“There is a real and urgent need for governments and other stakeholders in the continent to increase funding for research so that they can benefit from credible data from such efforts on home soil. By becoming partners in the research, it will put them in a good position to access drugs and vaccines developed specifically for their populations’ genetic makeup,” said the researcher and academic.

all are visited by tourists, so they are all potentially at risk. Apart from the more solitary orangutans, all species of great apes are highly sociable, living in close-knit social groups with physical interactions between them such as grooming and play occurring throughout large parts of every day. Transmission of any disease would Dr Nyaoke rooted for more funding for research efforts into medication and vaccines on the continent.  

“There is a real and urgent need for governments and other stakeholders in the continent to increase funding for research so that they can benefit from credible data from such efforts on home soil. By becoming partners in the research, it will put them in a good position to access drugs and vaccines developed specifically for their populations’ genetic makeup,” said the researcher and academic.

Responding to a question on why pharmaceuticals preferred Africa as a location for medicine and vaccine trials, Dr Nyaoke said science, and not racism, was the real reason for the choice.

“Africa has the richest genetic variety and this makes ideal location for clinical trials involving vaccine and drug candidates. Even though a few insensitive statements have created the impression in people’s minds that Africans are perhaps viewed as guinea pigs in some quarters, the main goal of the trials is to get comprehensive data from the wide genetic variations in the African populations. That will result in more effective medicines and vaccines for people from the region and beyond,” she said.

“Most trials are taking part in high-income countries. Very few trials are planned in Africa, South Africa, Central and South America, South and Southeast Asia.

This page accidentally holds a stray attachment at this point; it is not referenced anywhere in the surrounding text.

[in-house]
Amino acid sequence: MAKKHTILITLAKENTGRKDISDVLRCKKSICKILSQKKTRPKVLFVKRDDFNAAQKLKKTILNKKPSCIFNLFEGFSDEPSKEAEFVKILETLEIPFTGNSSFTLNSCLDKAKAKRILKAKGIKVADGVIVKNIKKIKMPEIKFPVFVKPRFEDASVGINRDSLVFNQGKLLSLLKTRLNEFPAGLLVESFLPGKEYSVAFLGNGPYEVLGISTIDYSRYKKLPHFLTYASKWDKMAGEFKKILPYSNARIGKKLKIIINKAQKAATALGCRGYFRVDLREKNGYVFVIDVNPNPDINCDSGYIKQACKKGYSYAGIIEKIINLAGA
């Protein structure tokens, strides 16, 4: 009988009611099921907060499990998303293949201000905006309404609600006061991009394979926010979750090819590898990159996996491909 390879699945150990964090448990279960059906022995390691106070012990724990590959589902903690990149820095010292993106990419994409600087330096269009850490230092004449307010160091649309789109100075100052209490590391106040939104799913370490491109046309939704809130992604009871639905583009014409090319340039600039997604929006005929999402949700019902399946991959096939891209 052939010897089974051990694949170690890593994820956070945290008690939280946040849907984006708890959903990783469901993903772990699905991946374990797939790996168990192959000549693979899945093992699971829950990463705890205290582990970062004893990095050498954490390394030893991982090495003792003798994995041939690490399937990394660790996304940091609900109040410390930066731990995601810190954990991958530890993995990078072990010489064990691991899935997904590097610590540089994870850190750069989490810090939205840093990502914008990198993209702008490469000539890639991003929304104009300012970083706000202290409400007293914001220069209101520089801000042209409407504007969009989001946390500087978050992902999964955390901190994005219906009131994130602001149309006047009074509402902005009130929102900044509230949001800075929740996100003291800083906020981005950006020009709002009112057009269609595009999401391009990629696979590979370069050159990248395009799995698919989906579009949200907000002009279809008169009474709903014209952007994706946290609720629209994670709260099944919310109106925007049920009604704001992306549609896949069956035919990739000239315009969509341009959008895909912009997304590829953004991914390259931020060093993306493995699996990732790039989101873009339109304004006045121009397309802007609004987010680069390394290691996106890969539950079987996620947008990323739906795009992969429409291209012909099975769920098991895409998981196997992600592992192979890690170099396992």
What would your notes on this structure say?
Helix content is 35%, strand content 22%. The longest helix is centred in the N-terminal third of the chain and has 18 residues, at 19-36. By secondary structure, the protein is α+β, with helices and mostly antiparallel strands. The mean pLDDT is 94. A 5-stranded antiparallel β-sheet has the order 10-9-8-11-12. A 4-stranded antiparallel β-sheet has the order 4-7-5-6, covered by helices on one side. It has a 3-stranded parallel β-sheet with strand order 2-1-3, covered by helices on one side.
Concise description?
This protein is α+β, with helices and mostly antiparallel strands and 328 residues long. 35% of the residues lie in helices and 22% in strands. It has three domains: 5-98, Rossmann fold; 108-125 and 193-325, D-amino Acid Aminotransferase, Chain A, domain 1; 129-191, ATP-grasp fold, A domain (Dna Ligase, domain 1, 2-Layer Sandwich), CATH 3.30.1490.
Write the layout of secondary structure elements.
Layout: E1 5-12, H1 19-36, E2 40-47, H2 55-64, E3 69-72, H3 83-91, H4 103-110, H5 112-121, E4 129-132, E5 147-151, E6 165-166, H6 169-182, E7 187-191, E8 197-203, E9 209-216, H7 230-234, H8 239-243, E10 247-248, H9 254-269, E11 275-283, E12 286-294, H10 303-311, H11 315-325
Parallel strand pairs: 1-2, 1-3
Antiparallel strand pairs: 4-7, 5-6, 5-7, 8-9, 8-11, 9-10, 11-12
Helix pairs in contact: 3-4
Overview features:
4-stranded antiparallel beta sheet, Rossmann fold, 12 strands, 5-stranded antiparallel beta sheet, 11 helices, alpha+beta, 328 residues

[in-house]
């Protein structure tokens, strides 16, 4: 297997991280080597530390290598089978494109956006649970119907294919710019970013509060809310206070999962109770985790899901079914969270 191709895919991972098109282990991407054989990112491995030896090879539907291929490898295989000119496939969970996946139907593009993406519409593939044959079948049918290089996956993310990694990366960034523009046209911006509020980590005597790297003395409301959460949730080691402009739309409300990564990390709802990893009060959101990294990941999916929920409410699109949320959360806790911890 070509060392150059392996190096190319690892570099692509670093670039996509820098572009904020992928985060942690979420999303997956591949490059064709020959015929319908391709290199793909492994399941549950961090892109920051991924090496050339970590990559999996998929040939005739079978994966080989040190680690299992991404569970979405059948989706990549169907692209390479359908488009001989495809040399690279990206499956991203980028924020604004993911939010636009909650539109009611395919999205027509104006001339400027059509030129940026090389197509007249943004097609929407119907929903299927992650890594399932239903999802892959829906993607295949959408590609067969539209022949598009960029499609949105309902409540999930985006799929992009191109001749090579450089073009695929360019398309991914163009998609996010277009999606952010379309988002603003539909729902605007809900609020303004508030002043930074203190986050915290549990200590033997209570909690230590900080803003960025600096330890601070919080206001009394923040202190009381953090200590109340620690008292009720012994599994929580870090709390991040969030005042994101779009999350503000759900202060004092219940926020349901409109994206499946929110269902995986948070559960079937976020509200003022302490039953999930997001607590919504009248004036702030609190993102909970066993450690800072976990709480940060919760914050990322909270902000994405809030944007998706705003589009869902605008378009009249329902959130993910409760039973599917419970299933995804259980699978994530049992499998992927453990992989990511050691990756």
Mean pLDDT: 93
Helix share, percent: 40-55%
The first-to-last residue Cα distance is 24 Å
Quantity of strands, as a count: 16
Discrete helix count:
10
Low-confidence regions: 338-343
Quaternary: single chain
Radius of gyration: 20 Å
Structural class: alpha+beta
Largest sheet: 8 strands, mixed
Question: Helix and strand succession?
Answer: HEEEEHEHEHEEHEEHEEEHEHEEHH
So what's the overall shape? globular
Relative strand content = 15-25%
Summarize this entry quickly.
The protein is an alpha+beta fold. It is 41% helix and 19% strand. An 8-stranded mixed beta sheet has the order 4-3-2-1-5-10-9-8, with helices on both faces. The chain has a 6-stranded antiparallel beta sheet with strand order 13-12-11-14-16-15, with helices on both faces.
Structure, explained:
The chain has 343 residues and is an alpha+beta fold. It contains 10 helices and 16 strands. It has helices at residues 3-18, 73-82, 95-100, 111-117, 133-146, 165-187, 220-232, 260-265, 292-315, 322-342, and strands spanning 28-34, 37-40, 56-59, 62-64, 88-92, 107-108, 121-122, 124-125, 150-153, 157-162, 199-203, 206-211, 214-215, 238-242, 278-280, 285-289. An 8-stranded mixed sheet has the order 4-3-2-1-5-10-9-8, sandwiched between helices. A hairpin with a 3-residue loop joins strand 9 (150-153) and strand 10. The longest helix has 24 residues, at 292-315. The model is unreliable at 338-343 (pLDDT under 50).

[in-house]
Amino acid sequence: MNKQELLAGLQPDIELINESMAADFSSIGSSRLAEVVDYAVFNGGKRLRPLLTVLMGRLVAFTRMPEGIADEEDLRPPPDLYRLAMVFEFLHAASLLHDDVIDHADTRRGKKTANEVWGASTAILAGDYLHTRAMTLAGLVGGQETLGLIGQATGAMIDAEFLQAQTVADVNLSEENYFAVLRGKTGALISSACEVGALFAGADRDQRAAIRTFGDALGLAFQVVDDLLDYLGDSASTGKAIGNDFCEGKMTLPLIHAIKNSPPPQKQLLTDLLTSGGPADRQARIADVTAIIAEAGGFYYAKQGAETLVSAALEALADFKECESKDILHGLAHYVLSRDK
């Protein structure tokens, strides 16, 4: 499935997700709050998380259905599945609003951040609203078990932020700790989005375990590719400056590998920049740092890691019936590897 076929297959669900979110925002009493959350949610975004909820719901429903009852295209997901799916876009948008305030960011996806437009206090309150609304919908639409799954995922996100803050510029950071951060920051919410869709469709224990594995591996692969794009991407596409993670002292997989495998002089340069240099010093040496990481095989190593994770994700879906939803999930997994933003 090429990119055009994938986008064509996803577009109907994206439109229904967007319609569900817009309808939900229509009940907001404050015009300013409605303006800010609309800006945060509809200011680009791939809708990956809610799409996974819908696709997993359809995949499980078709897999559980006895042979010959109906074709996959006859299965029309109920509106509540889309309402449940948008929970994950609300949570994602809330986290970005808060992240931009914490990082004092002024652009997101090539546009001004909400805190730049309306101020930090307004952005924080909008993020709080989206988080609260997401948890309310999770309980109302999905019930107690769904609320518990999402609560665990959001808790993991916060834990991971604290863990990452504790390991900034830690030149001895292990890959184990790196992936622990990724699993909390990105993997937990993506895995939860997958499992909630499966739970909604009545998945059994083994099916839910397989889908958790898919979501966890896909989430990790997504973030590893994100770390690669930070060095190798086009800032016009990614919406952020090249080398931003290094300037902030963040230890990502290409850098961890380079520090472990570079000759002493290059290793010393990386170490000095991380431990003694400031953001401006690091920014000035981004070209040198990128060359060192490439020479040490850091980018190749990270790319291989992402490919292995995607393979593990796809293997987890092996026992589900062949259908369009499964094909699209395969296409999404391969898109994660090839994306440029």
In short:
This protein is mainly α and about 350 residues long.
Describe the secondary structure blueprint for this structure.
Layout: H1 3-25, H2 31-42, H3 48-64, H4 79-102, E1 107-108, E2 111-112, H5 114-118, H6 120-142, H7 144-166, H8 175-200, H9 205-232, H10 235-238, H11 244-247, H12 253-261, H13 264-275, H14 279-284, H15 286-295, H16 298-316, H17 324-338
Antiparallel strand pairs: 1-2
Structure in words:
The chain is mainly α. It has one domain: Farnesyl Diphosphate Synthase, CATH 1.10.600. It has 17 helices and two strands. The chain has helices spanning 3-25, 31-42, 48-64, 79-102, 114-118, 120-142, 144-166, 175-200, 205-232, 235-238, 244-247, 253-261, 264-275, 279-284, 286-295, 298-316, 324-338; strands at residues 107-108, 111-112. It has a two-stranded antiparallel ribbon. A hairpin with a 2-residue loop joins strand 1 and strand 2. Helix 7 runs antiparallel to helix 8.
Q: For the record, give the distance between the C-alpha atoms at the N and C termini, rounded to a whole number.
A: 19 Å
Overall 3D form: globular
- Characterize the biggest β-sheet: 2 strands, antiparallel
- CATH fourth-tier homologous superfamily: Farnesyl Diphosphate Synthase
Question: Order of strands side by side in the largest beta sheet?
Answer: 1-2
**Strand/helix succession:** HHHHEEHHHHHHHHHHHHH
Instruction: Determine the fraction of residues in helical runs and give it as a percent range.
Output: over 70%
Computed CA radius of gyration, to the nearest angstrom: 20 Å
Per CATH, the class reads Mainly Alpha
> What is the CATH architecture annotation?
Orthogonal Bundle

Dr Nyaoke said many of the trials currently taking place are too small to be conclusive.

“COVID-19 trials need to be large, well designed and adequately powered to generate authoritative, concrete evidence,” said Dr Nyaoke.  

She lamented that “research to date has mainly been focused on advanced cases of the disease while COVID-19 cases in Africa have mainly been mild.”

Dr Nyaoke said the trials should look into better ways to care for patients in view of the worryingly low levels of ICU and hospital bed capacity on the continent.

“Limited hospital and ICU bed capacity and exposure of health workers require urgent investigation. Large, well-conducted clinical trials are urgently needed to support guidelines on prevention and clinical management in resource poor settings,” she said.

According to Dr Vincent Muturi-Kioi, a medical director at the International AIDS Vaccine (iavi), different people will respond differently to drugs and vaccines because of many factors including human genetics and environmental exposures.

For scientists to develop vaccines and other biomedical products that are optimized for African populations and are meant to address public health problems that may disproportionately affect people in Africa and other low-income regions of the world, it is important that the clinical trials provide data which accurately represents the way these products work in the target populations.